Have you got your sniff on this set yet? Angélique, Anubis and Tobacco Rose are their names and Tara has reviewed them here. Tobacco Rose is getting the most blog loving and I really adore it too, there may be another Papillon post coming very soon.

Portia xx

Posted in By Portia, Fragrance Reviews | Tagged , , | 14 Comments

Monday Question – Favorite Things Winter 2015 Edition

What are your favorite things right now?

What are your current mini-obsessions?

What has captured your interest lately?

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My Answer:

Reading:

I have been reading three books lately that couldn’t be more different, but all of them are very interesting.

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One novel (Karen Joy Fowler: We Ar All Completely Besides Ourselves – love the title, interesting and unusual topic), one self-help book (Marie Kondo: The Life-Changing Magic Of Tidying Up: The Japanes Art Of Decluttering And Organizing – highly recommended! I love it! It really, really works!) and one memoir (Mohamedou Ould Slahi: Guantanamo Diary – hard to read, fascinating and utterly horrifying.)

What is on your reading list currently?

Listening:

I have lately started to listen to podcasts while doing chores around the house – laundry never was so interesting before! – and I love it. I listen to The New York Times Book Review, Serial and NPR Invisibilia (the latter is excellent!).

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Do you listen to podcasts at all? Which ones would you recommend?

Smelling:

I have a spring fling (in the middle of winter) with Hermès Hiris. An oldie, but goldie from Olivia Giacobetti that smells of rooty iris and fresh linen.

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Calming, light, airy and elegant.

Seeing:

We got Netflix recently and made our computer believe we are Americans, which is genius, now the whold world of American TV is open to us. Hehe.

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We are avidly watching Orange Is The New Black right now and it is a very good series indeed. Also still loving Scandal (where else can you see an unparalleled collection of cashmere, silk, fabulous coats, designer bags AND torture scenes right next to each other???)

Wearing:

It is scarf time and I’m so enjoying it and making a point of wearing a different one every day. The weather makes me dream of cashmere everything, but that won’t be happening without that lottery win we have scheduled to come about any day now… ;)

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Photo by Hermès

Are you all still interested in seeing my scarf collection? I feel strange about it, like I would bore or bother you with it, which is what I do NOT want! Let me know please!

Online Finds:

I recently happened upon a blog written by a Texan in Paris called Linda V.Wright (both the name of the blog and its writer), a small boutique owner in her sixties. Her style both sartorially and in character are deeply impressive. I hope to be like that at that age.

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Photo copyright Linda V. Wright

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Photo copyright Linda V. Wright

What are you reading, hearing, smelling, seeing, wearing and finding at the moment?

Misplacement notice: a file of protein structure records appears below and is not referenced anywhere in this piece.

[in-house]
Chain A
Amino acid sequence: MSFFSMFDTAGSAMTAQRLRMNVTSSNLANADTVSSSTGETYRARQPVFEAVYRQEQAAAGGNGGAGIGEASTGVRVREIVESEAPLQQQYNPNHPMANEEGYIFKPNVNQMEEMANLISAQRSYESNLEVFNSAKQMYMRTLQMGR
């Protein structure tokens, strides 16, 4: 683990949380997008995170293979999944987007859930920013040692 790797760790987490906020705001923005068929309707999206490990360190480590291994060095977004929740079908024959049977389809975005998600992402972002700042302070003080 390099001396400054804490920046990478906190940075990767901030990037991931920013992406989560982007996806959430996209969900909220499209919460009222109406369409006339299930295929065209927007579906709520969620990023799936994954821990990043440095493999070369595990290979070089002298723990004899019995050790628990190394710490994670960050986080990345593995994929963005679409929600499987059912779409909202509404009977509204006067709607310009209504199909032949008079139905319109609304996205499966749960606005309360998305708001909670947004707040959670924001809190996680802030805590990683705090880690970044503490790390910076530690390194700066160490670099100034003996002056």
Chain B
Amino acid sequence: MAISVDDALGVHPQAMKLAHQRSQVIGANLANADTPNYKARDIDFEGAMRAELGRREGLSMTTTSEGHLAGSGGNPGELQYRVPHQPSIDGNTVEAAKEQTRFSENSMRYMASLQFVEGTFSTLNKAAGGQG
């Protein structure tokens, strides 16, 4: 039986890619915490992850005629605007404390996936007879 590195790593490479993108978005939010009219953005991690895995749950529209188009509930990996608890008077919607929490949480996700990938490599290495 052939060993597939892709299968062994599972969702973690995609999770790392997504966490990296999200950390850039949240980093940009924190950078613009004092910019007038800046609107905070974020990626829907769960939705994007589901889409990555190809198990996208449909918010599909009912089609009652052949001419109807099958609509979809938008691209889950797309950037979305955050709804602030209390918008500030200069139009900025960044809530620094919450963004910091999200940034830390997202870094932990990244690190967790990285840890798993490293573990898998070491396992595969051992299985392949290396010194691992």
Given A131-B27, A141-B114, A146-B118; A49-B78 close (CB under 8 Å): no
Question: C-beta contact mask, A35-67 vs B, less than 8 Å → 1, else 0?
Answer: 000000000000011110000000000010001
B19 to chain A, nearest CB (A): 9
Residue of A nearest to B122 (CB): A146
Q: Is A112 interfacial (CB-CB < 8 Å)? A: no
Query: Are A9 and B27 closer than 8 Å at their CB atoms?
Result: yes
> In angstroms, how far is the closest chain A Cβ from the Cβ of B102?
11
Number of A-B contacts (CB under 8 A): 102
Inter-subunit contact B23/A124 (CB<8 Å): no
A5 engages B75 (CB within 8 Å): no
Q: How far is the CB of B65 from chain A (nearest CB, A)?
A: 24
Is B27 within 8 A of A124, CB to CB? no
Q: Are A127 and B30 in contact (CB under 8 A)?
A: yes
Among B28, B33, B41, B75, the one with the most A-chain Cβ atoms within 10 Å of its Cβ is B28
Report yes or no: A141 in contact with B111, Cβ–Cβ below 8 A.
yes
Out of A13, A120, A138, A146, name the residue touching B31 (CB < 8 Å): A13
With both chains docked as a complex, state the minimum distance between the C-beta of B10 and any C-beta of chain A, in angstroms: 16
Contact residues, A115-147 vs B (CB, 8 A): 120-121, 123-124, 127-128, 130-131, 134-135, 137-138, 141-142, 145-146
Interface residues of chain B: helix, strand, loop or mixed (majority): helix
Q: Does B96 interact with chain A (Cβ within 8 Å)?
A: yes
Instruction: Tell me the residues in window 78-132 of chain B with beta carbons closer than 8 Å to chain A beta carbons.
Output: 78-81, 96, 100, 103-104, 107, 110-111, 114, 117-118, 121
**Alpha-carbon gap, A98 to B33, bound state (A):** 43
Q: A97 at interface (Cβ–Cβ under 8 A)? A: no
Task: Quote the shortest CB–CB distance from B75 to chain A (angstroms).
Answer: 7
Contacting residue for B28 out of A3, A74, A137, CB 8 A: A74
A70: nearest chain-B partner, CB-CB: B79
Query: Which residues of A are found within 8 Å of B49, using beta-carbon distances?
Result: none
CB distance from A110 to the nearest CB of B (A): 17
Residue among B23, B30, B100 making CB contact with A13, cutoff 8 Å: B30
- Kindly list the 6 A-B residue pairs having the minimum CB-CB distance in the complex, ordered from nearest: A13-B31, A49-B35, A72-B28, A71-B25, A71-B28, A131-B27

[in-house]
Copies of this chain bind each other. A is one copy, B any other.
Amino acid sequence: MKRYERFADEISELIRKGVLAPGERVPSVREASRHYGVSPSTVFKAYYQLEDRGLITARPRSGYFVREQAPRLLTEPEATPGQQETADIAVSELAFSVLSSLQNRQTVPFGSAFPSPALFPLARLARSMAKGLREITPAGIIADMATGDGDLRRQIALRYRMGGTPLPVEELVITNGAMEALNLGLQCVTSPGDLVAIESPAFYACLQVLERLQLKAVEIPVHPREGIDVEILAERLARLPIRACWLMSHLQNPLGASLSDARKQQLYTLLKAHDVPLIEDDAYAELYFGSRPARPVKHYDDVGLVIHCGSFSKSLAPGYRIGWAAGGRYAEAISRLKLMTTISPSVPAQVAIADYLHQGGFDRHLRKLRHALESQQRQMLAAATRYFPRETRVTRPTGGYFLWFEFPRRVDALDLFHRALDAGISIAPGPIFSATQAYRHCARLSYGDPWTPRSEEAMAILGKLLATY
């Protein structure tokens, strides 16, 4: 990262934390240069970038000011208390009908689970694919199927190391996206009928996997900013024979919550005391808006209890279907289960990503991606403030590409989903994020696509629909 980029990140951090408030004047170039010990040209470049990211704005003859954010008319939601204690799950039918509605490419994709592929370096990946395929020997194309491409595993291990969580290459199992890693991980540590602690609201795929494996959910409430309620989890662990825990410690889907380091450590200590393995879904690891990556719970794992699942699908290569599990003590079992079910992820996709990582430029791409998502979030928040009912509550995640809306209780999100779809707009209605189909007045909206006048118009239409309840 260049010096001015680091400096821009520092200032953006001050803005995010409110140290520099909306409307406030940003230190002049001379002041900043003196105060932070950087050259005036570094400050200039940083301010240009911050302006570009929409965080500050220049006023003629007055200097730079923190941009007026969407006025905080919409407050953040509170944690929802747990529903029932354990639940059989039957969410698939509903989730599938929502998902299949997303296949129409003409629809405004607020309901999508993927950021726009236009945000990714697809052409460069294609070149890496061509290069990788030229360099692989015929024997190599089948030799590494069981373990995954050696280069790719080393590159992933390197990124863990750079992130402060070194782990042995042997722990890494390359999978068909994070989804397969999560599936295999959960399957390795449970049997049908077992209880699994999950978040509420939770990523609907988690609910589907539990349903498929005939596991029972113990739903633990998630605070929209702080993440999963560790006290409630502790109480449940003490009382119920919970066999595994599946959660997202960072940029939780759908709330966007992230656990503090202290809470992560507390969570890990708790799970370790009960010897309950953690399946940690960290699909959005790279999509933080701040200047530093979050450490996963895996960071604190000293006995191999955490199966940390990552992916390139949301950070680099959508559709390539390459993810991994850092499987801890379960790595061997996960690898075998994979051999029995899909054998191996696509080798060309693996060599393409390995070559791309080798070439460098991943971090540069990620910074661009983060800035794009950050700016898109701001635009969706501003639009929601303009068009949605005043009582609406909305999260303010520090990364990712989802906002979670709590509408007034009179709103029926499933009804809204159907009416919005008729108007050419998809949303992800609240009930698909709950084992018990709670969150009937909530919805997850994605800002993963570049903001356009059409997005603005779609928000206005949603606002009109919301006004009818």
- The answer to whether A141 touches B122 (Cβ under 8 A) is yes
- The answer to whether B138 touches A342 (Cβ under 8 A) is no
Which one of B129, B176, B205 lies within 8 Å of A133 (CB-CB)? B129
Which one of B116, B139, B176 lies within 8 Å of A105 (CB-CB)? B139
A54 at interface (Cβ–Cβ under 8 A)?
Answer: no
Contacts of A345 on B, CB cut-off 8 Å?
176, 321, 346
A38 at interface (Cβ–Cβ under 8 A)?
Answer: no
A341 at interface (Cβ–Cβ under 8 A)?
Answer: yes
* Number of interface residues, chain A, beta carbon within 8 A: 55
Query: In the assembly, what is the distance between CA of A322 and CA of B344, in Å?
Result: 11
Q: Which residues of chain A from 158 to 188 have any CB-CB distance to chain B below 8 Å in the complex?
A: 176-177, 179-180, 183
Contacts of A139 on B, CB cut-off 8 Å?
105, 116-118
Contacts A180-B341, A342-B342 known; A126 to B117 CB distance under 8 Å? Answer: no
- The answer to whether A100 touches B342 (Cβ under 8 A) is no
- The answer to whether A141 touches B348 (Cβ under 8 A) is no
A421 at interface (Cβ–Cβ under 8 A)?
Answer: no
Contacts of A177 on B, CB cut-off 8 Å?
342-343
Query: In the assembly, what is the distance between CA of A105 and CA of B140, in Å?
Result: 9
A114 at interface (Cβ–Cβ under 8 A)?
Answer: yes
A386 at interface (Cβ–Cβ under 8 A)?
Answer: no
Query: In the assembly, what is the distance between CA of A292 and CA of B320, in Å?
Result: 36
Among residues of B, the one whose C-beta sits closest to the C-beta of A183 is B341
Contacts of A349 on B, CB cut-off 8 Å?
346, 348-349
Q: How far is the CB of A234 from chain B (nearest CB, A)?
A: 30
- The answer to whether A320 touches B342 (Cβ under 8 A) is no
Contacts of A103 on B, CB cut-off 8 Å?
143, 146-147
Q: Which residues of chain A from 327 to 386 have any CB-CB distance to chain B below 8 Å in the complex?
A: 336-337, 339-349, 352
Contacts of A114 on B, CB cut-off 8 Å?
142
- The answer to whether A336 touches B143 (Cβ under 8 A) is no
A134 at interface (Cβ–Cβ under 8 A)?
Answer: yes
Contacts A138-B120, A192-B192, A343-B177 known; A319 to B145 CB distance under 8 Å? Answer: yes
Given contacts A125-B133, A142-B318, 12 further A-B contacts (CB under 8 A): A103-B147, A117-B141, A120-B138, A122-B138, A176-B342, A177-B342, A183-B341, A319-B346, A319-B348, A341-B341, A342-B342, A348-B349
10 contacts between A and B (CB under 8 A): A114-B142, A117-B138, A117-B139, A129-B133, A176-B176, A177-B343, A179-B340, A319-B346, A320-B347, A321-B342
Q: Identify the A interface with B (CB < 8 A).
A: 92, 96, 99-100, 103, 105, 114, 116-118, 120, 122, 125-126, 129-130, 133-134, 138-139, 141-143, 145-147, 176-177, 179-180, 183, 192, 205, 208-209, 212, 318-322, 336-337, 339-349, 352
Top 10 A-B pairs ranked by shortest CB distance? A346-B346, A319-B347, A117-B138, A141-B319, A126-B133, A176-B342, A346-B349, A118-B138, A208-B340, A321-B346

Posted in Monday Question | Tagged , , , , | 48 Comments

Free Spirit – Review: Vero Profumo Kiki Voile d’Extrait

By Tara

Vero Kern is steeped in the classic fragrances from Guerlain and Caron which she wore for many years before becoming a perfumer. This knowledge, love and appreciation of old-school French perfumery comes through in her artistic creations time and again.

It’s wonderful to have someone making perfume today that draws from that rich heritage and yet brings something so entirely new and exciting to it.

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This approach is exemplified in Kiki Voile d’Extrait which is Vero’s homage to Paris.

It takes its name from Alice Prin, known as Kiki de Montparnasse. She was an artist and artist’s model who symbolised the bohemian, creative soul of the city. Kiki was visual artist Man Ray’s companion for much of the 1920s and posed for his famous surrealist photograph “Le Violon d’Ingres”.

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Kiki Voile d’Extrait was launched in 2013 and is a lower concentration of the Extrait, suitable for spraying. It includes notes of bergamot, cassis, lavender essence, geranium, lavender absolute, caramel, opoponax, patchouli and musk.

I am not usually a lavender fragrance fan but Kiki soon charmed me and my pre-conceptions melted away. By the second time of wearing, I was hooked.

Vero enlivens distilled lavender in the top with fruit, while below she accentuates the burnt sugar facet of lavender absolute with caramel. In this way she creates a seamless continuum which deepens and recalibrates over time.

When you first encounter Kiki Voile d’Extrait you are met with the familiar cool breeze of lavender; green, herbaceous and very smooth. It’s matched with tart fruit (bergamot, cassis) and this gives it such a great kick.

After starting out prim and proper, our Little Miss Lavender becomes almost tantalisingly edible.

Leaving work at the library, she’s wearing conservative clothing and sensible shoes. She then stops off at her Paris apartment, emerging sometime later as a saucy gamine. On arrival at the cabaret club that evening, she is unrecognisable from the girl we all thought we knew.

The drydown of Kiki Voile is nothing short of glorious. The lavender is now liberally dusted with caramel. Not thick and syrupy the way I had envisioned, but beautifully soft and powdered.